Is it ok to feed dogs tomatoes? While I’m cooking or working on food prep, I’ve been known, every now and then, to “drop” little tidbits for my dogs. There are lots of human foods that can make healthy snacks, in moderation, for dogs! Ever since he was a pup, one food my now 14-year-old papillon, Kitsune, has enjoyed has been tomatoes. Every time I slice tomatoes, Kitsune comes running into the kitchen to eagerly await his snackrifice. I’ve never known another dog to love tomatoes as much as he does! So by now, you may be wondering, are tomatoes dog safe?
Only Ripe Tomatoes are Dog Safe
Ripe red tomatoes are safe, in moderation, for dogs. However, unripe, green tomatoes and all parts of a tomato plant, besides the ripe fruit, should be kept away from dogs. Tomato plants are a member of the nightshade family. Like other nightshades, the plant produces a chemical, called solanine, that is toxic to dogs (as well as to people!) in large quantities. Luckily, when tomato fruit ripens the amount of solanine is dramatically decreased. Solanine levels in ripe tomatoes are low enough that they are no longer considered to be dangerous to consume.
Besides green, unripe tomatoes, solanine in toxic levels is also found in tomato leaves, stems, and roots. If you grow your own tomatoes, it’s important to make sure your dogs don’t nipple on any part of tomato plants or eat dropped, unripe fruit.
Signs of Solanine Poisoning in Dogs
How quickly, and intensely, a dog is impacted by solanine poisoning can depend on a number of factors, such as the size and general health of the dog, as well as how much solanine he or she was exposed to. In small amounts, solanine can cause GI upset but no other, major symptoms. In larger quantities, however, more serious side effects could include the following:
- More intense GI symptoms
- Loss of appetite
- Dilated pupils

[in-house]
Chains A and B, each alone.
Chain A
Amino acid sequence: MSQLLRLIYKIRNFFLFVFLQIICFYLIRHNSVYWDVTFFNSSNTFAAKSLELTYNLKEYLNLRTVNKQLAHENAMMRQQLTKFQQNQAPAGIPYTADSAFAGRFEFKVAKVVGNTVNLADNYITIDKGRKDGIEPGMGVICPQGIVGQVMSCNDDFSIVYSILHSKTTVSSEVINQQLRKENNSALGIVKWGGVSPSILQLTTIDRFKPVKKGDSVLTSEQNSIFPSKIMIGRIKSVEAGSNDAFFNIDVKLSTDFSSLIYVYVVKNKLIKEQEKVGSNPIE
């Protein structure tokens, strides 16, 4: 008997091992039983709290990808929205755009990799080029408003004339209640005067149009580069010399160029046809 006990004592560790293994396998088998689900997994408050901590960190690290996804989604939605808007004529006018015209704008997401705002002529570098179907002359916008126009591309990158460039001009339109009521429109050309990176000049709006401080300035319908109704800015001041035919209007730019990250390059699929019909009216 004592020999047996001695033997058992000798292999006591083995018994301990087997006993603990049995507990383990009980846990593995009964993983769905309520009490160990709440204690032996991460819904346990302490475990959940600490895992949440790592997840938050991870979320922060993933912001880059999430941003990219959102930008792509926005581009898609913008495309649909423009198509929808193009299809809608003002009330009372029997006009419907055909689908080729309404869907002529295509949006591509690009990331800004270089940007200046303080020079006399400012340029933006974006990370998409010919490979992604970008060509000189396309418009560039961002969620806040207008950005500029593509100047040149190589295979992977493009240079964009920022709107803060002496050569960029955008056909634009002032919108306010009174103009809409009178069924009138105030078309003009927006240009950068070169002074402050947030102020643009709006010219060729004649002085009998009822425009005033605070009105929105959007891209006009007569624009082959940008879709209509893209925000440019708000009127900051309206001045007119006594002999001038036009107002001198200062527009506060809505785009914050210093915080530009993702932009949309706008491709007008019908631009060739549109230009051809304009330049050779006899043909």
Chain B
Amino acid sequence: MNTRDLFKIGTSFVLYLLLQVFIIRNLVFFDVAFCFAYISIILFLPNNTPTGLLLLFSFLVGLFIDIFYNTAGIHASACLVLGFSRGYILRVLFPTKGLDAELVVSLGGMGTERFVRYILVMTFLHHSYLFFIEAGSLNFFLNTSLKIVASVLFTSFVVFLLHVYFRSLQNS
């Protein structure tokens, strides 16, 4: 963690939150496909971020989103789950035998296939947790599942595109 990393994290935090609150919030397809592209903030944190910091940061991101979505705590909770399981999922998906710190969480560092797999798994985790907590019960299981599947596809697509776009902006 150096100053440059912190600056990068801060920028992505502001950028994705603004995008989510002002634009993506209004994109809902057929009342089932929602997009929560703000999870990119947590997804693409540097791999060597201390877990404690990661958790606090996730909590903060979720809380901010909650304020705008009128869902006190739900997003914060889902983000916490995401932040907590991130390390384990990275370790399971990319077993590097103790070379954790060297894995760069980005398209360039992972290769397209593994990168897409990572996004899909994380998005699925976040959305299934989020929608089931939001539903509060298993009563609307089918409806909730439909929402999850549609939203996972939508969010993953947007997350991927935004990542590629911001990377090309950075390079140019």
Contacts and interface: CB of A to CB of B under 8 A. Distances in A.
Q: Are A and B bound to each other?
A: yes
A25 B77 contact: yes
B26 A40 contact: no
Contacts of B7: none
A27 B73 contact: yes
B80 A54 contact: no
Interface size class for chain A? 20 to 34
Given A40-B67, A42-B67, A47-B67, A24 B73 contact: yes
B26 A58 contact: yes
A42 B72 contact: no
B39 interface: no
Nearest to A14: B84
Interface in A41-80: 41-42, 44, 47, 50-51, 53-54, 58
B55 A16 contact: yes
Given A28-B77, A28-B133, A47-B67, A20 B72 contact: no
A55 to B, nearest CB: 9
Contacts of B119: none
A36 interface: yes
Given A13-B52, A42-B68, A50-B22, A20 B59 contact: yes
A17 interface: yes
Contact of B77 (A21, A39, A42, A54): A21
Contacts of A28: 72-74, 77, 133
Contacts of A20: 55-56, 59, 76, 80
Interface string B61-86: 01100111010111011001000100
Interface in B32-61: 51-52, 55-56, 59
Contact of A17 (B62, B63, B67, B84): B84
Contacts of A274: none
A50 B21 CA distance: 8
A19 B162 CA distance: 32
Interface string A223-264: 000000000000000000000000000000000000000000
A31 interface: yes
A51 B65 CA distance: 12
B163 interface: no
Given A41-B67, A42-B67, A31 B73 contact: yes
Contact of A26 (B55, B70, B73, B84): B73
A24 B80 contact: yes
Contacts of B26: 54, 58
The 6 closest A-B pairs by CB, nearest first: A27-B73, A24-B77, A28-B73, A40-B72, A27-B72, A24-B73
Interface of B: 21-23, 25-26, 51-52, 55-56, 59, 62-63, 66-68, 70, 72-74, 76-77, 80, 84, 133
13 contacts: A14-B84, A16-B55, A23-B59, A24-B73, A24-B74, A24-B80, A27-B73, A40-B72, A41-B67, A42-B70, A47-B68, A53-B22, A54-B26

- Lack of coordination
- Cardiac issues (abnormal heart rate)
Luckily, with swift treatment, most dogs recover well from solanine poisoning. Treatment normally consists of supportive therapy, such as administering fluids to keep your dog hydrated and medications to manage any heart irregularities.
Tomato Allergies & Other Issues
Although this is rare, dogs can also be allergic to tomatoes. Signs to look out for include GI upset, hives, coughing, swelling, wheezing, and difficulty breathing. If your dog experiences any of these symptoms after trying a new food, contact your vet.
Like in people, tomatoes can cause some dogs to experience excess stomach acid. If your dog has a sensitive stomach, or a health concern such as acid reflux, it’s best to avoid acidic foods such as tomatoes.
Are There Any Benefits to Feeding Dogs Ripe Tomatoes?
Like many other fresh produce, tomatoes are low in calories but high in fiber. This can make them a good alterative to high calorie treats, especially for dogs who are trying to watch their weight. Tomatoes also also a source of vitamin C, potassium, folate, and antioxidants. Lycopene, the antioxidant responsible for making ripe tomatoes red, has been linked to a reduced risk of heart disease and cancer in humans.
How to Feed Tomatoes to Your Dog
I’ve always just offered Kitsune, my tomato fiend, small pieces of fresh, ripe tomatoes. When it comes to dogs and tomatoes, fresh is best! Canned tomatoes, or tomatoes that have been made into soups or sauces, will contain a lot of other ingredients, such as sugars and salts, that are best avoided for our canine companions.
Comment below! Do your dogs like tomatoes? I’ve always thought it was funny how excited my Kitsune gets over them!